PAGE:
Domestic and Multilateral Effects of Capital Controls in Emerging Markets
NBER Working Paper No. 20822
Using a novel, high frequency dataset on capital control actions in 16 emerging market economies (EMEs) from 2001 to 2012, we provide new insights into the domestic and multilateral effects of capital controls. Increases in capital account openness reduce monetary policy autonomy and increase exchange rate stability, confirming the constraints of the monetary policy trilemma. Both gross in- and outflows rise, while the effect on net capital flows is ambiguous. Tighter capital inflow restrictions generated significant spillovers, especially in the post-2008 environment of abundant global liquidity. We also find evidence of a domestic policy response to foreign capital control changes in countries that are affected by these spillovers.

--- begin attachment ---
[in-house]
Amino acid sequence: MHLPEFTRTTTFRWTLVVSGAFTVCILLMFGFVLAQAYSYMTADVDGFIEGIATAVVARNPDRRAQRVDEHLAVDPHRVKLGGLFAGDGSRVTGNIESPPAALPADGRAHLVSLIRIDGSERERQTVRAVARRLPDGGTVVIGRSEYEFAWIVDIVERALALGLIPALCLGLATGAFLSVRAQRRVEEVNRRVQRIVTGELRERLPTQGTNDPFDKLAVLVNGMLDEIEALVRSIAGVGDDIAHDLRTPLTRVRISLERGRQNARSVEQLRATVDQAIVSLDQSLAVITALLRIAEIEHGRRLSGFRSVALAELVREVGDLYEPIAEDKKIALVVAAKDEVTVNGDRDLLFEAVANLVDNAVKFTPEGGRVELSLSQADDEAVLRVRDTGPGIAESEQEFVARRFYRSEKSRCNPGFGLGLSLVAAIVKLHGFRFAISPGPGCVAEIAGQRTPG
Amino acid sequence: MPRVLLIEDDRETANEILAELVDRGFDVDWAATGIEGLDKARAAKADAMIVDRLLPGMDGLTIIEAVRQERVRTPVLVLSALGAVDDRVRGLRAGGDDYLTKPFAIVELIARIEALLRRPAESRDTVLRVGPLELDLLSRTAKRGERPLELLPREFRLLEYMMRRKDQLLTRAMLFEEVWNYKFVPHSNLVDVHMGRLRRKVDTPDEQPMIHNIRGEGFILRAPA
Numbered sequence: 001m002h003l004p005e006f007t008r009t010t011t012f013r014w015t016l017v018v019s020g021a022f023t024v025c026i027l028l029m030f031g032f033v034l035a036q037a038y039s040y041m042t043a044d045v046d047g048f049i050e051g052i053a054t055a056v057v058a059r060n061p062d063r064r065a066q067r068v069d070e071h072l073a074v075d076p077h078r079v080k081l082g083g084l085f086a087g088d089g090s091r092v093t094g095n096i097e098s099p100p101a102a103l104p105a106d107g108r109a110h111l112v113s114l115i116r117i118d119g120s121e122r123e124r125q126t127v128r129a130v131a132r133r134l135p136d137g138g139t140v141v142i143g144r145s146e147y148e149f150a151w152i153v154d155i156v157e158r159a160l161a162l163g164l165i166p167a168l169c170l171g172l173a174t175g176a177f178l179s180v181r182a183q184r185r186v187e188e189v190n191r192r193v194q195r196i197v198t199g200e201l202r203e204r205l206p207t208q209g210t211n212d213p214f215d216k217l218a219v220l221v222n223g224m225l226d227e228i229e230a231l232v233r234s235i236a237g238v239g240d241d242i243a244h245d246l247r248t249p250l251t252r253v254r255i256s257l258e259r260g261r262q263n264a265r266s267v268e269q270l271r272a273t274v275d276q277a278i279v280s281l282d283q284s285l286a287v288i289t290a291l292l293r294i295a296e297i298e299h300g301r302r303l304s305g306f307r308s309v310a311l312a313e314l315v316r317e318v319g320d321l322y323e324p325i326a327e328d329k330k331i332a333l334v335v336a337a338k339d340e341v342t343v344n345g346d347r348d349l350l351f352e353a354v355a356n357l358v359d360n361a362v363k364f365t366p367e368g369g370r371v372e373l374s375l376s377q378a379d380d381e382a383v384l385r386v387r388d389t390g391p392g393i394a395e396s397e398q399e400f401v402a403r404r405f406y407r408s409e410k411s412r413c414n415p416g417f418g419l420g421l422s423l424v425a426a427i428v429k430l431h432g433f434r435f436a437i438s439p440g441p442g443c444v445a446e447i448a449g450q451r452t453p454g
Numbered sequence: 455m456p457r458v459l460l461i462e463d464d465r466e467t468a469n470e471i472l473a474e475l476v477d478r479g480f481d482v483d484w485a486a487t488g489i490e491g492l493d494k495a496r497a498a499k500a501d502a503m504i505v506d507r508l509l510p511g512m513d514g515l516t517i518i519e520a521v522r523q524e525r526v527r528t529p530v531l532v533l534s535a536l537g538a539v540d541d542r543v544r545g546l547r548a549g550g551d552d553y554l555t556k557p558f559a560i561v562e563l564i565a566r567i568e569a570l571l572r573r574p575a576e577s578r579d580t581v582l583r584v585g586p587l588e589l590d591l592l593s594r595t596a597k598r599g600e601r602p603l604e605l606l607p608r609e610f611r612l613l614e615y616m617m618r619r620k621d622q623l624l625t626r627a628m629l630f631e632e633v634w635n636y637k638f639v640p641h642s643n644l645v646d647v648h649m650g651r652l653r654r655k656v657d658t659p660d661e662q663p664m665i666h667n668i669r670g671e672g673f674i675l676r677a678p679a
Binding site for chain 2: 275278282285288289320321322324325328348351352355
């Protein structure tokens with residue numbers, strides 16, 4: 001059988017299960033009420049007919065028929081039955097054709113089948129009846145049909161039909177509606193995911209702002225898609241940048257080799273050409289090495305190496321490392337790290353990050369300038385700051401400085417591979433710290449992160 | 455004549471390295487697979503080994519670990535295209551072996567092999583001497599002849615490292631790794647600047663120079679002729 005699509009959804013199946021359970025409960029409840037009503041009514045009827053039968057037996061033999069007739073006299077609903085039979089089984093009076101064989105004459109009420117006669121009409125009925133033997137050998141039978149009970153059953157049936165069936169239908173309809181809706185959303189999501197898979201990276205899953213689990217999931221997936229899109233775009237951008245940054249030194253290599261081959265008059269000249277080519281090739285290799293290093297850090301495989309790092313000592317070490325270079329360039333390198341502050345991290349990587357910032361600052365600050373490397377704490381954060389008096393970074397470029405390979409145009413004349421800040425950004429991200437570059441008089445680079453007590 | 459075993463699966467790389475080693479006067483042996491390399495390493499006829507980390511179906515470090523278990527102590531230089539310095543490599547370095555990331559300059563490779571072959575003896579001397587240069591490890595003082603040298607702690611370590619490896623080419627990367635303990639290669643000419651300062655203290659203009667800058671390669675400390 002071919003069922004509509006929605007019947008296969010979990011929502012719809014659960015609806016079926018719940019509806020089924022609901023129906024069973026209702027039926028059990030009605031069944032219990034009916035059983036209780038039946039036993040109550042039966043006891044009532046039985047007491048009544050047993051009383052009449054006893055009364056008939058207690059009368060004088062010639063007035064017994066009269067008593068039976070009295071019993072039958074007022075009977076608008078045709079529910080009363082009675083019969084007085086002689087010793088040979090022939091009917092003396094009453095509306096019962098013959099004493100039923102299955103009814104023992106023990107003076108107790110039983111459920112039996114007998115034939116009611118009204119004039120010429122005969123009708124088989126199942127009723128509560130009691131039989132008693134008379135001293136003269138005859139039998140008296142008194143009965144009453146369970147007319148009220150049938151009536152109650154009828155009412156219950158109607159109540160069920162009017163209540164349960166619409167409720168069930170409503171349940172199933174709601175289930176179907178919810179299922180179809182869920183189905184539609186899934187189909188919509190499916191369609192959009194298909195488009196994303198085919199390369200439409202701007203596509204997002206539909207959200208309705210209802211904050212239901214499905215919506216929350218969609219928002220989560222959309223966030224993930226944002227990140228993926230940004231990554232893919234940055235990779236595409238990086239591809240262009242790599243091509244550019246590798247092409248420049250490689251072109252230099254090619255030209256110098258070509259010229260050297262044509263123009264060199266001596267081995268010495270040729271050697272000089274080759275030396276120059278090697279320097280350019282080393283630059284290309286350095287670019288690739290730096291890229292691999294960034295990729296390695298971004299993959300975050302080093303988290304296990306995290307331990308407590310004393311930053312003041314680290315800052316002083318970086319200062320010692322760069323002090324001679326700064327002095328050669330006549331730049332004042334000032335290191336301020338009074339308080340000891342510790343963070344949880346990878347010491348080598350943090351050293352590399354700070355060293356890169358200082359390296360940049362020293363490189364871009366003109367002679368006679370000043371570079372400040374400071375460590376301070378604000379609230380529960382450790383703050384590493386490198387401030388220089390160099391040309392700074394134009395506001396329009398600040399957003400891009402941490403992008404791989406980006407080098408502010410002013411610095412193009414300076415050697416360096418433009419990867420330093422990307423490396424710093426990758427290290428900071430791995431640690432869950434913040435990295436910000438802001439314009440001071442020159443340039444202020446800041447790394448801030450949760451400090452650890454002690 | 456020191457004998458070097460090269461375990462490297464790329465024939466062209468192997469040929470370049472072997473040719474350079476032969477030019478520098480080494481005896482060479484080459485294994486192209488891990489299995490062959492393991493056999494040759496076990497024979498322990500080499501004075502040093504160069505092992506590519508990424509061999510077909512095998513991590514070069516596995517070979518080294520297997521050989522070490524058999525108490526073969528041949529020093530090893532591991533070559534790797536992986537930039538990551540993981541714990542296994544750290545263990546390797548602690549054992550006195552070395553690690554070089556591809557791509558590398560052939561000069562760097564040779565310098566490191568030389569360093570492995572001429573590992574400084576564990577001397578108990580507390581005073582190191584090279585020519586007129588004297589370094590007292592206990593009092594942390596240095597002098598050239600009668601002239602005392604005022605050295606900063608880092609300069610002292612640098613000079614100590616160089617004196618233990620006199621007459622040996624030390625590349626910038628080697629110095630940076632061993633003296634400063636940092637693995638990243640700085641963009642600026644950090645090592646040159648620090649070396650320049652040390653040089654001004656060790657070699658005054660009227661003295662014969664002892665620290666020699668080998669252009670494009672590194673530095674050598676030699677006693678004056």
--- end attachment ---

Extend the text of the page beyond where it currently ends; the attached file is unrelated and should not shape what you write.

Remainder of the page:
Document Object Identifier (DOI): 10.3386/w20822
Published: Gurnain Kaur Pasricha & Matteo Falagiarda & Martin Bijsterbosch & Joshua Aizenman, 2018. "Domestic and Multilateral Effects of Capital Controls in Emerging Markets," Journal of International Economics, .
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